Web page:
KUALA LUMPUR, May 5 — Bersih 3.0 has done little to shake Datuk Seri Najib Razak's reformist image, The Economist has said, adding that unlike last year, the political impact from this year's event was likely minimal.
The influential magazine pointed out the different circumstances surrounding both events, saying that the allegations of violence from the electoral reform group's end from last Saturday had lessened its impact this time around.
"It is clear the Bersih won't be able to dominate the moral high ground - at least not on the score of one weekend's theatrics - as they did last year.
"The campaign for electoral reform goes on, but Mr Najib emerges from this year's fracas with his reformist credentials essentially intact, not much worse for the wear," said The Economist in an article dated May 1.
It described this year's rally as more of a "score-draw", and that although there were recurrences of police brutality, the violent actions of some Bersih protesters attacking and overturning a police car "played into the government's hands."
This, said The Economist, allowed PM Najib to claim that the police were the "victims" in the rally and even made Bersih co-chairman Datuk Ambiga Sreenevasan concede that some people would think that the rally had "gone wrong" because of the unruly behaviour of some protesters.
"But by comparison last year's rally, despite a relatively small number of protesters, achieved a terrific political impact," it said.
The article also questioned Opposition leader Datuk Seri Anwar Ibrahim's presence during the April 28 rally, saying that he had "some explaining to do" with regards to accusations that he had "incited" Bersih supporters to push aside police barriers.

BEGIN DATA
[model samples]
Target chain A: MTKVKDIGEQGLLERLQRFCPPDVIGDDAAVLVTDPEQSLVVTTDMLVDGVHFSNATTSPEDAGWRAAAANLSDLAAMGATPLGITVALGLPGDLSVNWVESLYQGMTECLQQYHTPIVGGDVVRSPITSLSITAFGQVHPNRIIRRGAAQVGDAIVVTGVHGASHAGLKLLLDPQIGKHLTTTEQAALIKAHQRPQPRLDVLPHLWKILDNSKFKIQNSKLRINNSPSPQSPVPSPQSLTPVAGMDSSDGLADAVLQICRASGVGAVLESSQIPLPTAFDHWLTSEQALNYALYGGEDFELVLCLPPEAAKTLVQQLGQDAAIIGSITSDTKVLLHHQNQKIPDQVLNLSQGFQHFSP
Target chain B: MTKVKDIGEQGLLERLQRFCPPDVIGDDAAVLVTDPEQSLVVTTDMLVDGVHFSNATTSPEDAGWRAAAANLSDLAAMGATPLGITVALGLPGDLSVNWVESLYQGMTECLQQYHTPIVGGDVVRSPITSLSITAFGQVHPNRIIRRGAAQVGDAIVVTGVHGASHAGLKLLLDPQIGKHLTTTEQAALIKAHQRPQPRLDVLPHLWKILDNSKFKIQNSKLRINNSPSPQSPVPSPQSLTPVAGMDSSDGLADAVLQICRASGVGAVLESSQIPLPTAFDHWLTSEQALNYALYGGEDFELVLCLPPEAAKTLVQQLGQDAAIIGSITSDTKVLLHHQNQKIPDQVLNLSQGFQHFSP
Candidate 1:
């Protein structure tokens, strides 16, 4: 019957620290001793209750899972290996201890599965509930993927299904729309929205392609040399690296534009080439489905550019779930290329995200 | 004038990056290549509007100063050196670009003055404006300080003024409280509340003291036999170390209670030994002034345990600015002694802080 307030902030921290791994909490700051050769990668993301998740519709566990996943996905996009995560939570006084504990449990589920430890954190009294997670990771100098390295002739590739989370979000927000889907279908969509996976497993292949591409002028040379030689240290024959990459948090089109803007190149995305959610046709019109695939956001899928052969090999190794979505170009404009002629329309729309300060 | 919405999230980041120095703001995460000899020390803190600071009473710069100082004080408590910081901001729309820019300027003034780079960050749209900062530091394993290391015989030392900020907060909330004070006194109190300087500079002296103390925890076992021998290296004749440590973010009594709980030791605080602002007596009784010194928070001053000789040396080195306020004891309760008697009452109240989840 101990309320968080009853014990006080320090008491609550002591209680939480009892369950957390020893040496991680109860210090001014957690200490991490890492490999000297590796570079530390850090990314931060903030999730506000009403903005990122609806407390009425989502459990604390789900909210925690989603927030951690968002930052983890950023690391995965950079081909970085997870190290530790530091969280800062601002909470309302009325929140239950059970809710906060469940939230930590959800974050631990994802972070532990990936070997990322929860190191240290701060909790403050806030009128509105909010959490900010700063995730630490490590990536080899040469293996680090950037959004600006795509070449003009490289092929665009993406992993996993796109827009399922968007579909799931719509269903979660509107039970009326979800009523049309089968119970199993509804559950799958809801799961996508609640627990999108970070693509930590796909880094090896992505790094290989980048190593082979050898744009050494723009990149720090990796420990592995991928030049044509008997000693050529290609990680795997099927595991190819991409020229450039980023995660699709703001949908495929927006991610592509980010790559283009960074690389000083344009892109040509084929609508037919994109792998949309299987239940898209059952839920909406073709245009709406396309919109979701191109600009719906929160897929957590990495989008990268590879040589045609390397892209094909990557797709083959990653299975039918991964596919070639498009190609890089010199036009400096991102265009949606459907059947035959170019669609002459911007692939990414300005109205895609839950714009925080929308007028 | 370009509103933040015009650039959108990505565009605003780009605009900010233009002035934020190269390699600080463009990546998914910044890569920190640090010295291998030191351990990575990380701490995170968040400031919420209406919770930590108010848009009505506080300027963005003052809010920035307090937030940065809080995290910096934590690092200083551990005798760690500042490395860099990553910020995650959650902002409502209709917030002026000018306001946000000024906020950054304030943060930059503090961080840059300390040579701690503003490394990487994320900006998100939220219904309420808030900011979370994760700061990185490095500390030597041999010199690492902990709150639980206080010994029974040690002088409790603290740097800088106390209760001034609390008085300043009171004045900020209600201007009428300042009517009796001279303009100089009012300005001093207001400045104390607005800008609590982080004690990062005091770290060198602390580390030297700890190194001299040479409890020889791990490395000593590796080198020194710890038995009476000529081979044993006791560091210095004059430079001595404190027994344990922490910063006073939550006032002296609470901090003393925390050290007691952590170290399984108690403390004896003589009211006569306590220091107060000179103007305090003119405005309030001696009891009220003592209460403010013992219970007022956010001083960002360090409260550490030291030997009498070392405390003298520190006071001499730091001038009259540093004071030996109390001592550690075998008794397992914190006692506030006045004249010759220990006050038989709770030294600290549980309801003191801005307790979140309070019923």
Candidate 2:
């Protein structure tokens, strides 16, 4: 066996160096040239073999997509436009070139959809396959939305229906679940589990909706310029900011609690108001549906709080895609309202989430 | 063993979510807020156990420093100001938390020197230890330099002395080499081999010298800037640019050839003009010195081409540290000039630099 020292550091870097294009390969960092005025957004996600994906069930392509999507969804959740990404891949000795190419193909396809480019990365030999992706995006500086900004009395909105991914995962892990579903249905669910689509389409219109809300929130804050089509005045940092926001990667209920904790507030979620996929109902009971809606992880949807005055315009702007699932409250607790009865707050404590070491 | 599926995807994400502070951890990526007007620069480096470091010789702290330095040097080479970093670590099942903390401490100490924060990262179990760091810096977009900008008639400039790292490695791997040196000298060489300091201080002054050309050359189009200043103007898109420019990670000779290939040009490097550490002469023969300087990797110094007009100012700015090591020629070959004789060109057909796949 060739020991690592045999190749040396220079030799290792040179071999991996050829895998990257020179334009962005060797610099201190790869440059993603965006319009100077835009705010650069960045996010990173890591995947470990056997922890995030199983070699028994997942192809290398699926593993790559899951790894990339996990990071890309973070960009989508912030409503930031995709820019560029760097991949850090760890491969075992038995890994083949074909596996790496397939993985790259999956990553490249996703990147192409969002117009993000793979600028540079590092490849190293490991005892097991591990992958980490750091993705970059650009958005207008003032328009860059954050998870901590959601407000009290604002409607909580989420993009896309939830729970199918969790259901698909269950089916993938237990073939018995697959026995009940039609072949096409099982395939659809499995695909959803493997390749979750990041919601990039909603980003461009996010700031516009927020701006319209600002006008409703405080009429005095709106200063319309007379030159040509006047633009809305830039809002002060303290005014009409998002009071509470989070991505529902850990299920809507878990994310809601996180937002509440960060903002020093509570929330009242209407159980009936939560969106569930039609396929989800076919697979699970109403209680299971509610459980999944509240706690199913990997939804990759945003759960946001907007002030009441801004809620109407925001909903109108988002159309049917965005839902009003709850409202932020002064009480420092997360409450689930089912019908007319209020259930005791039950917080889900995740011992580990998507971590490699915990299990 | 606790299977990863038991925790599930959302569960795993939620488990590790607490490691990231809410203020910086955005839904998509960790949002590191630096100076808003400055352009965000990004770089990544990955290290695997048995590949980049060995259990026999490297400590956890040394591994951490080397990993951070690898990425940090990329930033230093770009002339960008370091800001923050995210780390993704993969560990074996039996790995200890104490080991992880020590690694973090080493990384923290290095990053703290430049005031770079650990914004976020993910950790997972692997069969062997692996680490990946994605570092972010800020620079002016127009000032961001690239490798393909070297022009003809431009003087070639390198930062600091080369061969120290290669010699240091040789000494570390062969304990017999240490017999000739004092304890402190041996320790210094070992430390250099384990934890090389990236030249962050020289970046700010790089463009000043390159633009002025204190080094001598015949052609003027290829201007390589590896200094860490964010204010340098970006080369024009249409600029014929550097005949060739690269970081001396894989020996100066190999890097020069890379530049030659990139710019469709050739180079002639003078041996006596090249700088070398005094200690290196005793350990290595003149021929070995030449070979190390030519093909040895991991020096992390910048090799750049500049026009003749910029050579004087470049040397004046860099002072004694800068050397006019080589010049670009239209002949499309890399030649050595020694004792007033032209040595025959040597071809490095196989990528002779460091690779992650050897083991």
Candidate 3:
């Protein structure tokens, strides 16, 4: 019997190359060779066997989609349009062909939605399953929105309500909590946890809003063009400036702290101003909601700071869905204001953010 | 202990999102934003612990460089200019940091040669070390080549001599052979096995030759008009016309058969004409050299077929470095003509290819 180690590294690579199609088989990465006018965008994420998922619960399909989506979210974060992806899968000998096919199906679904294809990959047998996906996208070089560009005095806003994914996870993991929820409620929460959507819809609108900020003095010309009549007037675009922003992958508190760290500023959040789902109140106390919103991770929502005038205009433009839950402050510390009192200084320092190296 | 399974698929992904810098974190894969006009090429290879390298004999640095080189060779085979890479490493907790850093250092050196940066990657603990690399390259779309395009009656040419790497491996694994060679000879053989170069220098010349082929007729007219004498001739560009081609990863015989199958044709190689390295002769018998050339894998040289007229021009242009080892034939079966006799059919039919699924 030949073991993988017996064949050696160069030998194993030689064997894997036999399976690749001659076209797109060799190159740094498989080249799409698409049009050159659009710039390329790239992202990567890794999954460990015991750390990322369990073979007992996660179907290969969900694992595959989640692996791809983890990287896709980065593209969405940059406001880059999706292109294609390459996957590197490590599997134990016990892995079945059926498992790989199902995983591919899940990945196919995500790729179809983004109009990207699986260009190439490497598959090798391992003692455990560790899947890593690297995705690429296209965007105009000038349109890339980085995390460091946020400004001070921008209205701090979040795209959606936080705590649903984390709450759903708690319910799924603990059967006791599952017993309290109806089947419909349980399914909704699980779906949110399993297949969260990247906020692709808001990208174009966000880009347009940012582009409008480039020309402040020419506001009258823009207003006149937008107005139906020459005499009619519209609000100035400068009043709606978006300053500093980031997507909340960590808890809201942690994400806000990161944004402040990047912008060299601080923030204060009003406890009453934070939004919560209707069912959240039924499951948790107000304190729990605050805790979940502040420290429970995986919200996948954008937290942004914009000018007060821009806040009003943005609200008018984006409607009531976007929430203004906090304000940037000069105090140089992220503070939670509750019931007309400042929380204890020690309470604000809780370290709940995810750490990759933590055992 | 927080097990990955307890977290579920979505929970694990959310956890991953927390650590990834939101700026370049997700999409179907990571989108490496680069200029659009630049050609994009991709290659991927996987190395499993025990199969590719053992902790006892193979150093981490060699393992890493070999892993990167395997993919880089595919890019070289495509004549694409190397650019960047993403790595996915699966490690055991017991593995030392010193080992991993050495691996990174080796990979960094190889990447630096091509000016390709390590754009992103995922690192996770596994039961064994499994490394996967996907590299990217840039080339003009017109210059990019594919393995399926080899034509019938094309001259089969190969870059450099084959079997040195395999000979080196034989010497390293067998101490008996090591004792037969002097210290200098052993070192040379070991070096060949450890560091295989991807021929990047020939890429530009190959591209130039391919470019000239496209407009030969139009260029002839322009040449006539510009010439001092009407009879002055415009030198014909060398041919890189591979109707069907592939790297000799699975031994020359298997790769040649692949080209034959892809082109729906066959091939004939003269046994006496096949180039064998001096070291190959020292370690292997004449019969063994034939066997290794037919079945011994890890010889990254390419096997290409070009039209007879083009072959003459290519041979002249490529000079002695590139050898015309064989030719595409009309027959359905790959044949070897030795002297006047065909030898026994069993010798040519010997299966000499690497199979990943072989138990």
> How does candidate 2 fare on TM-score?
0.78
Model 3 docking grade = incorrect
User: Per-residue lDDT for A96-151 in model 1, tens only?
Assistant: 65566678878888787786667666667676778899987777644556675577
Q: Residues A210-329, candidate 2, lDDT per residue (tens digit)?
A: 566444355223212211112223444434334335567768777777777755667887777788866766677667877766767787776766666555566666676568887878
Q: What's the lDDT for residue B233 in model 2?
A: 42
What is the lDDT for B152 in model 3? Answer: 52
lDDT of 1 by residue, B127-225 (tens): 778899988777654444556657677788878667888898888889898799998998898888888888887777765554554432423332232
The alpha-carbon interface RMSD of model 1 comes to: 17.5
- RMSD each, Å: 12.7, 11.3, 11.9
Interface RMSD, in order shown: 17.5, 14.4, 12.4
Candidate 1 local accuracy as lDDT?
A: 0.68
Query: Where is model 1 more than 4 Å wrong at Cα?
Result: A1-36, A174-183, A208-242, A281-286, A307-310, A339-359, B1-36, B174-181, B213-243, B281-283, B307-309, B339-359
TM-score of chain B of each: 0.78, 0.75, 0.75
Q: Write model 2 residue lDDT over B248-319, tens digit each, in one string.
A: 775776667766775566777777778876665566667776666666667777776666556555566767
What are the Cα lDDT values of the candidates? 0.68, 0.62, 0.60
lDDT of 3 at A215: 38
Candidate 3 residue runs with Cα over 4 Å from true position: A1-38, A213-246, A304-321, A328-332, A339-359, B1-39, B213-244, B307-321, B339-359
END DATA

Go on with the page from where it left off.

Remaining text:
"He was caught on video near one of the police barriers talking to one of his colleagues; critics allege that he was inciting supporters to push aside the barriers. Mr Anwar himself says this is nonsense," said the article.
It stated that since the "embarrassment" faced by PM Najib in his administration's handling of last year's Bersih rally, the government had repealed a slew of "outdated" and repressive laws to win back its reforming credentials.
"Bersih rallies have quickly established themselves as something of a ritual in Malaysia's political calendar...the only significant variant is the political impact.
"Last year it was huge- this year it will probably be very little."
The Economist's remarks this time around was a stark contrast to what it had said during last year's rally- which even resulted in the Home Ministry censoring parts of its July edition last year titled “Taken to the cleaners — an overzealous government response to an opposition rally”.
The Bersih 3.0 rally, which had begun peacefully enough, resulted in much the same way as Bersih 2.0 last July 9, with riot police seen chasing citizens down the streets of the capital amid the chaotic mix of clouds of tear gas, chemical-laced water and warning bells from police trucks.
The electoral reforms movement has continued to show its dissatisfaction with the government’s attempts and promises to reform the country’s election processes, despite the formation of a parliamentary panel to look into the matter.
What Bersih has been demanding is that all aspects of the country’s polls processes, particularly the present electoral roll, be cleaned in order to ensure that the government is democratically elected into power.